Driving California’s Big Sur

One of the most beautiful coastlines anywhere in the world and should be on everyone’s bucket list. The pacific coastal route through Big Sur extends for around 90 sunny Californian miles, roughly bounded by the Carmel River and the San Carpoforo Creek.

The views start appearing as soon as you pass Monterey Bay and from here onward you’ll pretty much be stopping around every corner just to get out, admire the views and take many photos

Monastery Beach

Pfeiffer State Park Big Sur Signage

Bixby Creek Bridge

Hurricane Point View

Unfortunately due to recent mud slides, we weren’t able to complete the entire route. Coming from San Francisco, we made it down to slates hot springs. Which we spotted on the map on route and had planned on dipping our testicles in the water, kick back and chill with a beer. Turns out though, the hot springs aren’t public & are reservation only. We tried our best to negotiate, but the dude on the gate was having none of it, so all we could do was turn back. Sad times 😦

You definitely don’t want to miss McWay Falls. Just park up on the highway and its a short 5 minute walk to one of the most stunning views on the route. It’s a must visit and if you’re here at the right time of day, it’s an amazing place to watch the sunset.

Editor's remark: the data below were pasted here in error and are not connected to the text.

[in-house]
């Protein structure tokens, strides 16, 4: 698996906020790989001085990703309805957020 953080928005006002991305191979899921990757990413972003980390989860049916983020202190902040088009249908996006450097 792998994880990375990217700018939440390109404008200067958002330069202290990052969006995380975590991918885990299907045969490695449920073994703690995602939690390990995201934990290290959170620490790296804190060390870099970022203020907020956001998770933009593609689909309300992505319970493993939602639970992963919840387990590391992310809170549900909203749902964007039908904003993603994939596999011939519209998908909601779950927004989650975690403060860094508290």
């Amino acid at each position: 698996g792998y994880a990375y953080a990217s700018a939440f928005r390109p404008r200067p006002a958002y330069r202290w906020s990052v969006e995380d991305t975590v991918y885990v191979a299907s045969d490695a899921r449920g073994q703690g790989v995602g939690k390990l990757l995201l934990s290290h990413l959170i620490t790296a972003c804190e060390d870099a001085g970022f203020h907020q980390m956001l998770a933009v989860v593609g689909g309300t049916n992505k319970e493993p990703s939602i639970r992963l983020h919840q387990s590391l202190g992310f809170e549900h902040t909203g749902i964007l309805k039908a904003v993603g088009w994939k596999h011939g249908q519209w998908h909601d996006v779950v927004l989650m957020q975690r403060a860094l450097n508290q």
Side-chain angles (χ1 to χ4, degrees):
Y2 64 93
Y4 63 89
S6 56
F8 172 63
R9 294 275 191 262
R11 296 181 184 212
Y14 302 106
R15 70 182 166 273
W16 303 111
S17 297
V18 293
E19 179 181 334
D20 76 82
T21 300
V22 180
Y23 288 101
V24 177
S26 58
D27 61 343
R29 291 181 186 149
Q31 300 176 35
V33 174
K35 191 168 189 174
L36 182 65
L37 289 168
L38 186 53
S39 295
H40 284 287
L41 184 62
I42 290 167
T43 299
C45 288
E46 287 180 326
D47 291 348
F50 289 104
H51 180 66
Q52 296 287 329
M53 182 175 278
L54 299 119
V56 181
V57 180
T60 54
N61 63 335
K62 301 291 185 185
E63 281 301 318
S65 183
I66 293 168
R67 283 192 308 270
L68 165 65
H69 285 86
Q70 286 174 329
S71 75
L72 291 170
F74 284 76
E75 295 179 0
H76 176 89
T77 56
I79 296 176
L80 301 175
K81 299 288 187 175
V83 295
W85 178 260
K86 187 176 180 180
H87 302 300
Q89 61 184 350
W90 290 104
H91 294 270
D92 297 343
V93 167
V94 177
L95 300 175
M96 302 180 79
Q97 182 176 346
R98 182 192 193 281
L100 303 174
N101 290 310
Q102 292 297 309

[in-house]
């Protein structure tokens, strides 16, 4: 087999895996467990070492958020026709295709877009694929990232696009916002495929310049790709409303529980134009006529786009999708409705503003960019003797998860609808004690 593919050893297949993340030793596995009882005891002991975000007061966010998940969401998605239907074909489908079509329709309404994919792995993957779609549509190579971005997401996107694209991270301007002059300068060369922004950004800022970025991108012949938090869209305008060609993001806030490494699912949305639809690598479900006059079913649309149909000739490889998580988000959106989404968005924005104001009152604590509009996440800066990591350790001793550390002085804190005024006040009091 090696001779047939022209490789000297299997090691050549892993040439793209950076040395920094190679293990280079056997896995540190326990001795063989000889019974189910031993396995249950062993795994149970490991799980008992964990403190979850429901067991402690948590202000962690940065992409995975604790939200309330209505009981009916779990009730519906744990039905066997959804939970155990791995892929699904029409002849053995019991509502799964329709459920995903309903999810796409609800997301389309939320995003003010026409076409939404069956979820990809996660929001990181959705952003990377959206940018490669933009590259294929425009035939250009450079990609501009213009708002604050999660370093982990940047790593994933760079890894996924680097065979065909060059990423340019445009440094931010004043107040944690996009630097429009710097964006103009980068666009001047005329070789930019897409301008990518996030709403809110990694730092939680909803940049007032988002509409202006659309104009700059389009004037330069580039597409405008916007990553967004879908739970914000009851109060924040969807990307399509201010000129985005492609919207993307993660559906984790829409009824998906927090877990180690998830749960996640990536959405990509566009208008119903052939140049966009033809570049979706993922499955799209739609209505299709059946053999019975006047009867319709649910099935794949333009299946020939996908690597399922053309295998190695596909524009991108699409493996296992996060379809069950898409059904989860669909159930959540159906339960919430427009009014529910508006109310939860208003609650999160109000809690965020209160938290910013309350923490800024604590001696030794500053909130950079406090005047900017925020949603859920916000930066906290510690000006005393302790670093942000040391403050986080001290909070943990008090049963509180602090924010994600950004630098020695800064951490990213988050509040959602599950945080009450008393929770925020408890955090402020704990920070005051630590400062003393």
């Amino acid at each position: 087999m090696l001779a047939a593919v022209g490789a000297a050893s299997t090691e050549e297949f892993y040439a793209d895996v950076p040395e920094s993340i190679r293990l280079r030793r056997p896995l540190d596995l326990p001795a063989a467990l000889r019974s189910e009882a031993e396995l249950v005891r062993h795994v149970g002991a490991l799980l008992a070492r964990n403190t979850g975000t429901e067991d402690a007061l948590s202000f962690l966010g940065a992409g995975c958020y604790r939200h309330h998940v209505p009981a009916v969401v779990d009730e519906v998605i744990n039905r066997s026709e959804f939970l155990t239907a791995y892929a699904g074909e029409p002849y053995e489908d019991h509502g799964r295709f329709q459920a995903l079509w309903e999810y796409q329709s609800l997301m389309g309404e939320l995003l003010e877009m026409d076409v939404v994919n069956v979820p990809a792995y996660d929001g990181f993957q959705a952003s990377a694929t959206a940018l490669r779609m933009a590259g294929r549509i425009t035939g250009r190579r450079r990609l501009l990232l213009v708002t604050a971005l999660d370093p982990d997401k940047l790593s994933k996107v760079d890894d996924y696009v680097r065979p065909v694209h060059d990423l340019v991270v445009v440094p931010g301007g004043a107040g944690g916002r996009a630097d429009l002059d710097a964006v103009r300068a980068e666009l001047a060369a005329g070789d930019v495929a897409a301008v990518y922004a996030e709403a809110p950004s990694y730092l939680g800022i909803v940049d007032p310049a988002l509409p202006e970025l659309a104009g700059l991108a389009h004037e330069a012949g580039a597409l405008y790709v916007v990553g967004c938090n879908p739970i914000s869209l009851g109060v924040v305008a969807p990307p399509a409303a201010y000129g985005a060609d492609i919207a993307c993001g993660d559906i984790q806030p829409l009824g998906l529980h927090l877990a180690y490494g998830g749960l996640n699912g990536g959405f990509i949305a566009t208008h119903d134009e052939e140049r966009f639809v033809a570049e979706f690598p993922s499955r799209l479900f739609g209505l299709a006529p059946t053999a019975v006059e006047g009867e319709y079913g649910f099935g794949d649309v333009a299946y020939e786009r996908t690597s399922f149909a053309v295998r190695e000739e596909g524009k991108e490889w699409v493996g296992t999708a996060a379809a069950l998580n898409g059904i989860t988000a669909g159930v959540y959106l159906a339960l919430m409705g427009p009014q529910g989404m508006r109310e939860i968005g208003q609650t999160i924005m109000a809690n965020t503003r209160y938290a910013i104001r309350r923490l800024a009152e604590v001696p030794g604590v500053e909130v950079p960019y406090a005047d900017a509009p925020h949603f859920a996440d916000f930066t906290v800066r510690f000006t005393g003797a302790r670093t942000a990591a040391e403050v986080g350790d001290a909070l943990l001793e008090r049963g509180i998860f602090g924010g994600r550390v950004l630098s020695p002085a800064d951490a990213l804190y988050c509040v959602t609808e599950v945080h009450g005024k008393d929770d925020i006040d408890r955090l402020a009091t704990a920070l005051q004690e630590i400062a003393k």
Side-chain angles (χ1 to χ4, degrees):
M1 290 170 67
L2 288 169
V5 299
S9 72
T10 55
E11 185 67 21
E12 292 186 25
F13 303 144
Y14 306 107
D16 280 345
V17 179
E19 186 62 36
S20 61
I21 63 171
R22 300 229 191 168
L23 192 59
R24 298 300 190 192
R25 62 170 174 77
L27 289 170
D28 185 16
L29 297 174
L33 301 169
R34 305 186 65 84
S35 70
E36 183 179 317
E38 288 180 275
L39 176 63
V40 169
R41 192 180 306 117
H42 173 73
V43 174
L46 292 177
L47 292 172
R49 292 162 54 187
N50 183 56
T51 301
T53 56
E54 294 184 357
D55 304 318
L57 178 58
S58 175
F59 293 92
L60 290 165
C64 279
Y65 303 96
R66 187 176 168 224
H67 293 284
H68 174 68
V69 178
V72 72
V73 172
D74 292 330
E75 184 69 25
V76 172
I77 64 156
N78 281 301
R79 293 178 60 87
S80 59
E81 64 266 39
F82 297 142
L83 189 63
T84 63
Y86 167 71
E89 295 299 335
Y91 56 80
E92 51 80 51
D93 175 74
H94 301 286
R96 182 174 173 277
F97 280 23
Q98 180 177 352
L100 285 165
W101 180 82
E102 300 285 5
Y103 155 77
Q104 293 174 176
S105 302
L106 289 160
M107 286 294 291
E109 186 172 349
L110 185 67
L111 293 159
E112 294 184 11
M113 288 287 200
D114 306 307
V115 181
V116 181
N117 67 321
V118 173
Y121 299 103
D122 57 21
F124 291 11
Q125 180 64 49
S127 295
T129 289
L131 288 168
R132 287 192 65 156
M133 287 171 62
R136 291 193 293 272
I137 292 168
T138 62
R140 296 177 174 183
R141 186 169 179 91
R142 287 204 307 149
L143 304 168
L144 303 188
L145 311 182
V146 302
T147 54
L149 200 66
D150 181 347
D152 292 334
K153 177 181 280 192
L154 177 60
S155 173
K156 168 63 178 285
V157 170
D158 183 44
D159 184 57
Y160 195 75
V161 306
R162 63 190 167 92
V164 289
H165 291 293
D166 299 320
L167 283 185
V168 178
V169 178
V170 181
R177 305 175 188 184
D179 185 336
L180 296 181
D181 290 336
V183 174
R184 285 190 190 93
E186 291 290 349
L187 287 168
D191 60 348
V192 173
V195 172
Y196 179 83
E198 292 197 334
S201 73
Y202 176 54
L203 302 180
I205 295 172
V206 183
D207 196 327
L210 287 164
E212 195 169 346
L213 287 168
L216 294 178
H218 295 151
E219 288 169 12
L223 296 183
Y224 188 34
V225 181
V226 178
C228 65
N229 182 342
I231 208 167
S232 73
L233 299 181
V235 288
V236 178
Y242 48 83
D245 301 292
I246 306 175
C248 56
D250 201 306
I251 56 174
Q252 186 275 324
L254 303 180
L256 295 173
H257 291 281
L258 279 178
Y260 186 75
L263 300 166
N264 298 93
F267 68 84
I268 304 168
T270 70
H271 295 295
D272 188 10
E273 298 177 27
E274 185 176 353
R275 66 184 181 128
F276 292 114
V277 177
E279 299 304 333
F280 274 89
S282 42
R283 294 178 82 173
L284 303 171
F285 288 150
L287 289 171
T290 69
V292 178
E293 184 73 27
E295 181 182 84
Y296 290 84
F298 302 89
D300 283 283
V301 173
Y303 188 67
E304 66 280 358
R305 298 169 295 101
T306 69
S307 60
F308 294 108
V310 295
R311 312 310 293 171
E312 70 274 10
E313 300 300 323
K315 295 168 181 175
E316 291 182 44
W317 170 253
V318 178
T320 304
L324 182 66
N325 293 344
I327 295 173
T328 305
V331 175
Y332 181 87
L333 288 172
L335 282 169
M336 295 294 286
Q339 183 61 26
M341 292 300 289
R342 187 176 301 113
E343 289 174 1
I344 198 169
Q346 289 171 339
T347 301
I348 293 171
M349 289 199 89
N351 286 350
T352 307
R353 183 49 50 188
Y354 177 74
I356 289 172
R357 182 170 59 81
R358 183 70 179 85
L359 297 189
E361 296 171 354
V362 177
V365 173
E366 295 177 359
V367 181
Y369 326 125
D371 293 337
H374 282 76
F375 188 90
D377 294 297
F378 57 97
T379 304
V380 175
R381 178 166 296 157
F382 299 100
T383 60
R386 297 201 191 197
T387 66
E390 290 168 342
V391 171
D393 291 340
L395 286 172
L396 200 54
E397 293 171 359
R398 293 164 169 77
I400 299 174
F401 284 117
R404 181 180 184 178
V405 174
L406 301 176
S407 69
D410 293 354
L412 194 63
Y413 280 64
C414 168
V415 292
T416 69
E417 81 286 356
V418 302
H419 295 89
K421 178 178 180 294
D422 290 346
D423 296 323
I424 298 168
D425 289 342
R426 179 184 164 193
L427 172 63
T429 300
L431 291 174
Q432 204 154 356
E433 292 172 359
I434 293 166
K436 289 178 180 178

Just driving half of this route was an amazing experience and I would like to come back to finish what I started. Just be aware Big Sur is expensive, so if you plan on staying I would suggest looking into Airbnb, unless you don’t mind paying upward of $300 a night.


The Pacific coastal route is the longest and most scenic stretch of undeveloped coastline in the United States. Big Sur is on California’s Central Coast where the Santa Lucia Mountains rise from the Pacific Ocean. Its an isolated stretch of road, mythic in reputation. Big Sur’s Cone Peak at 5,155 feet (1,571 m) is only 3 miles (5 km) from the ocean. The stunning views make Big Sur a popular tourist destination. Ceded by Mexico to the US in 1848, it was the United States, last frontier. The original Spanish-language name for the unexplored mountainous terrain was “el país grande del sur” meaning, “the big country of the south.” It was Anglicized by English-speaking settlers as Big Sur.

Getting There:

First check if the road is even open here, there’s often mud slides and road works closing parts of the route.

Getting Around:

Unless you save your maps offline you can forget using Google Maps, you may as well forget your phone entirely. The signal drops and stays scarce for the entire route. If you want to know the best hikes, where the best food is, where you absolutely have to stop, you need to do your research and find out in advance. It’s just like reading paper maps from pre 2005 ancient times.

Where To Eat:

  • Nepanthe
  • Sierra Mar
  • Deetjen’s Big Sur Inn (1930s Historic Place)

Nearby To Do’s:

  • Bixby Bridge
  • Big Sur Signage
  • McWay Falls
  • Pfeiffer Beach


Helpful Tips:

  • Plan ahead, with no signal you won’t be able to use your phone to look for anything.
  • Big Sur is expensive, so if you plan on staying I would suggest looking into Airbnb.

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Have I missed anything, Let me know below


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